Tuesday, September 23, 2008

Srsly, would it kill you?

I spend a fair amount of time reading books about writing. I try to balance this with actual reading (of the fiction variety) and writing, of course, but I find most of the books helpful, so I read them. And while I find many of them helpful, there is something that irritates the snot out of me.

Attn: Writers of Books For Writers:

When using examples from fiction, would it kill you to offer a heads up that there's a SPOILER coming? Srsly?

Sometimes it's necessary to give away the ending to a story in order to make your point, but if that's the case, would you maybe be a dear and say "Spoiler Ahoy!" so that perhaps I can mark the chapter and come back to it after I've read the story in question? Of course, one should expect a writer to be well-read, but the fact is, it's impossible to read everything. There may be some classics left that one just hasn't gotten to yet. In fact, I've had several "classics" spoiled for me by reading such writing books. The same applies to films, which are also often cited in these books.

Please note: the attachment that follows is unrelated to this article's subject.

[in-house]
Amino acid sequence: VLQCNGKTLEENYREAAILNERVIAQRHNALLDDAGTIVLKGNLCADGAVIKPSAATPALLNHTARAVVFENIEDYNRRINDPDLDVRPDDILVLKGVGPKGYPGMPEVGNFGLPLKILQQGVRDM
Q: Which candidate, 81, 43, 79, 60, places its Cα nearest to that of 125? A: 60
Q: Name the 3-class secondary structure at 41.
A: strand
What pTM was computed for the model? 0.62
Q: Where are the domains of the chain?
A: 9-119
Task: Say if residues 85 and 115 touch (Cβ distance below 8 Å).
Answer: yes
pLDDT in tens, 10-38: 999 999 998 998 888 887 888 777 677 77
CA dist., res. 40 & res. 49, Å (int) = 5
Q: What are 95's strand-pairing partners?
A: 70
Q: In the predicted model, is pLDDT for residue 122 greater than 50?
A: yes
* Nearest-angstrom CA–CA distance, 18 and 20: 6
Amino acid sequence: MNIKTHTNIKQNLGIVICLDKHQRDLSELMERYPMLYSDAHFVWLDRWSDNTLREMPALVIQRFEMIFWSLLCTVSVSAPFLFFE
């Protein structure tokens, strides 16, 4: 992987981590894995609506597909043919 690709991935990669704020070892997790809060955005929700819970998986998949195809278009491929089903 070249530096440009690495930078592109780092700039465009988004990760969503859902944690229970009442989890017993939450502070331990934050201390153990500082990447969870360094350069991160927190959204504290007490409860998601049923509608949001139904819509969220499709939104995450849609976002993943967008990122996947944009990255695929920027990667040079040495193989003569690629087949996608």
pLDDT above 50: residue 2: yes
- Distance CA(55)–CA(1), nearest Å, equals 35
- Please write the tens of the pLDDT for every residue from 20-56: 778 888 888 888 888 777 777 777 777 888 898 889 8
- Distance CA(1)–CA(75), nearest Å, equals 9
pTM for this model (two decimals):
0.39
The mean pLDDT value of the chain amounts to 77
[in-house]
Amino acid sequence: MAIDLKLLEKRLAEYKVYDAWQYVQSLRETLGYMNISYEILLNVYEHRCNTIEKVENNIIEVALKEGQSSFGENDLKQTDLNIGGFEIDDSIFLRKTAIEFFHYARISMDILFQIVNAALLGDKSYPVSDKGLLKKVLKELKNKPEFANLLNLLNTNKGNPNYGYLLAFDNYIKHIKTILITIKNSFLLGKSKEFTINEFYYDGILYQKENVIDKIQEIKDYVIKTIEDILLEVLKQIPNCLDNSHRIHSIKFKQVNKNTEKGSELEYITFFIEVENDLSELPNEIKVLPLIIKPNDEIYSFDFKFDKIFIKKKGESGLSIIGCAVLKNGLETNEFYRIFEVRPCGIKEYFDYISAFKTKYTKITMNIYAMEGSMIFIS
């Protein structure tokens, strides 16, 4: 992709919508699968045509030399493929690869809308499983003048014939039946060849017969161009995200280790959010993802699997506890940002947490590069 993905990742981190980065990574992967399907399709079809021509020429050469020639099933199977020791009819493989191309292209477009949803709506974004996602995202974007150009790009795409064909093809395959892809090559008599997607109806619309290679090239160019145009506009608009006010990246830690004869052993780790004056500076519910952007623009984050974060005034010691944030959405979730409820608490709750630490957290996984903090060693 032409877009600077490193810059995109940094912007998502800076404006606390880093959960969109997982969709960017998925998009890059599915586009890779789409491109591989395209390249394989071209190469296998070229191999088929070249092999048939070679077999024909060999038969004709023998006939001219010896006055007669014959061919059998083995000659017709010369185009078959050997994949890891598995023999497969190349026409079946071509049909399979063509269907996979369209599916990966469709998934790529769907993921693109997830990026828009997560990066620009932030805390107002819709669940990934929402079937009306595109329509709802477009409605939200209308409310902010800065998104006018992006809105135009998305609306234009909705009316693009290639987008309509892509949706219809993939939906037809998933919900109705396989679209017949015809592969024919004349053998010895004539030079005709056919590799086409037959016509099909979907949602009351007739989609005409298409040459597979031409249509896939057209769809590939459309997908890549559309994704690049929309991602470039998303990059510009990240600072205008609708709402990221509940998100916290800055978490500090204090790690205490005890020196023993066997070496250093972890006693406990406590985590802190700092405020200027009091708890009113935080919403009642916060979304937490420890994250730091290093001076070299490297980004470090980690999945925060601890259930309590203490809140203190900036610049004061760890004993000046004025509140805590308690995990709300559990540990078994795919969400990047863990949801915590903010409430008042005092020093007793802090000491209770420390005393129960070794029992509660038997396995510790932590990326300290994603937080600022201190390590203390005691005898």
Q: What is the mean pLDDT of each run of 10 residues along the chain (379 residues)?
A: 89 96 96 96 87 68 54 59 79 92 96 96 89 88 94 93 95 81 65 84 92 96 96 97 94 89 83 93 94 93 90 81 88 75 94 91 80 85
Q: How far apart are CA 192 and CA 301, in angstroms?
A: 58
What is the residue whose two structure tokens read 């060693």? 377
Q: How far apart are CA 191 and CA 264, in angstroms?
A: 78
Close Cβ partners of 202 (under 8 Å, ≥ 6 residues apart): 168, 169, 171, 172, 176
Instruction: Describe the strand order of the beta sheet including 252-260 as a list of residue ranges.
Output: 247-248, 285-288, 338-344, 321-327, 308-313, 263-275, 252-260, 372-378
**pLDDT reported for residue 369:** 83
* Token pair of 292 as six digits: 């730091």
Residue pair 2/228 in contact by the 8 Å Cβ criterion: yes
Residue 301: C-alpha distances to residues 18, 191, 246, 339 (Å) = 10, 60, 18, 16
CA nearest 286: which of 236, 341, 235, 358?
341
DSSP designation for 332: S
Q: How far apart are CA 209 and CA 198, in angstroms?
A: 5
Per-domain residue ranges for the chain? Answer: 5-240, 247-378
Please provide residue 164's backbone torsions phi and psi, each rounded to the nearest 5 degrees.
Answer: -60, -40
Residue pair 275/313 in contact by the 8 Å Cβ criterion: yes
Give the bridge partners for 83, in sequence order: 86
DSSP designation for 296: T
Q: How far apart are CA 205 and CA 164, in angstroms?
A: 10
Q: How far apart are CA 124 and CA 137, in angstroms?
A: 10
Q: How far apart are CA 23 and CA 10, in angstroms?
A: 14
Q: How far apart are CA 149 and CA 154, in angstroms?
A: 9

Thanks to all of my reading on the subject of writing, I now know the endings to "The Notebook", "Anna Karenina", "The Bourne Supremacy", "First Blood" (aka Rambo, and no I had neither seen nor read it), and several Hitchcock films.

I'm not asking any of you to stop using examples from film and literature. Quite the contrary. But...would it kill you to give a little heads up BEFORE you tell me that the ship sinks at the end of "Titanic"?


  1. You need to read moar bookes. That way you won't experience eyerape with all those spoilerz.

  2. You're getting it anyway.